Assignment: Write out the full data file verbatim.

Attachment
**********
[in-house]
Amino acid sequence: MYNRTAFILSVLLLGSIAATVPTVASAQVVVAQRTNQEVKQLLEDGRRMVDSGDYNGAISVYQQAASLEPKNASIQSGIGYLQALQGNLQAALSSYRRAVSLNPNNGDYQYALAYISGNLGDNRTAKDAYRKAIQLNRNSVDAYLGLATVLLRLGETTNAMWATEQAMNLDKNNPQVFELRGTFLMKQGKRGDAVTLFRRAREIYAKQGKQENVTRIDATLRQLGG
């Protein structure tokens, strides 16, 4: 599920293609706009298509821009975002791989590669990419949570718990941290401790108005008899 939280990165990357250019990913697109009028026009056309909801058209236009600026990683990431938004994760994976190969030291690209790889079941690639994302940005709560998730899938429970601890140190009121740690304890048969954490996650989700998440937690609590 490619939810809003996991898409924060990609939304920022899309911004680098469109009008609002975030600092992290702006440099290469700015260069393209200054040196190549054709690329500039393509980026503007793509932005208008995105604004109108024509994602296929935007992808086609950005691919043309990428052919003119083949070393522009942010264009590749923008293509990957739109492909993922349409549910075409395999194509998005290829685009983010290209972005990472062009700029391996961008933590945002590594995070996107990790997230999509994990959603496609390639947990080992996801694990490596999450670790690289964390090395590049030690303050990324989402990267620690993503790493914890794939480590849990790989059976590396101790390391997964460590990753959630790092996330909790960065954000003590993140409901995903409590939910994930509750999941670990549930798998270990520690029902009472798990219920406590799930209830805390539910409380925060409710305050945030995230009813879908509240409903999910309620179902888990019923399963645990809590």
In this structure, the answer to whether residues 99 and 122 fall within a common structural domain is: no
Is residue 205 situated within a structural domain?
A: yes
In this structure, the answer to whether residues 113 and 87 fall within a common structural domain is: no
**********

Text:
[in-house]
Amino acid sequence: MYNRTAFILSVLLLGSIAATVPTVASAQVVVAQRTNQEVKQLLEDGRRMVDSGDYNGAISVYQQAASLEPKNASIQSGIGYLQALQGNLQAALSSYRRAVSLNPNNGDYQYALAYISGNLGDNRTAKDAYRKAIQLNRNSVDAYLGLATVLLRLGETTNAMWATEQAMNLDKNNPQVFELRGTFLMKQGKRGDAVTLFRRAREIYAKQGKQENVTRIDATLRQLGG
């Protein structure tokens, strides 16, 4: 599920293609706009298509821009975002791989590669990419949570718990941290401790108005008899 939280990165990357250019990913697109009028026009056309909801058209236009600026990683990431938004994760994976190969030291690209790889079941690639994302940005709560998730899938429970601890140190009121740690304890048969954490996650989700998440937690609590 490619939810809003996991898409924060990609939304920022899309911004680098469109009008609002975030600092992290702006440099290469700015260069393209200054040196190549054709690329500039393509980026503007793509932005208008995105604004109108024509994602296929935007992808086609950005691919043309990428052919003119083949070393522009942010264009590749923008293509990957739109492909993922349409549910075409395999194509998005290829685009983010290209972005990472062009700029391996961008933590945002590594995070996107990790997230999509994990959603496609390639947990080992996801694990490596999450670790690289964390090395590049030690303050990324989402990267620690993503790493914890794939480590849990790989059976590396101790390391997964460590990753959630790092996330909790960065954000003590993140409901995903409590939910994930509750999941670990549930798998270990520690029902009472798990219920406590799930209830805390539910409380925060409710305050945030995230009813879908509240409903999910309620179902888990019923399963645990809590």
In this structure, the answer to whether residues 99 and 122 fall within a common structural domain is: no
Is residue 205 situated within a structural domain?
A: yes
In this structure, the answer to whether residues 113 and 87 fall within a common structural domain is: no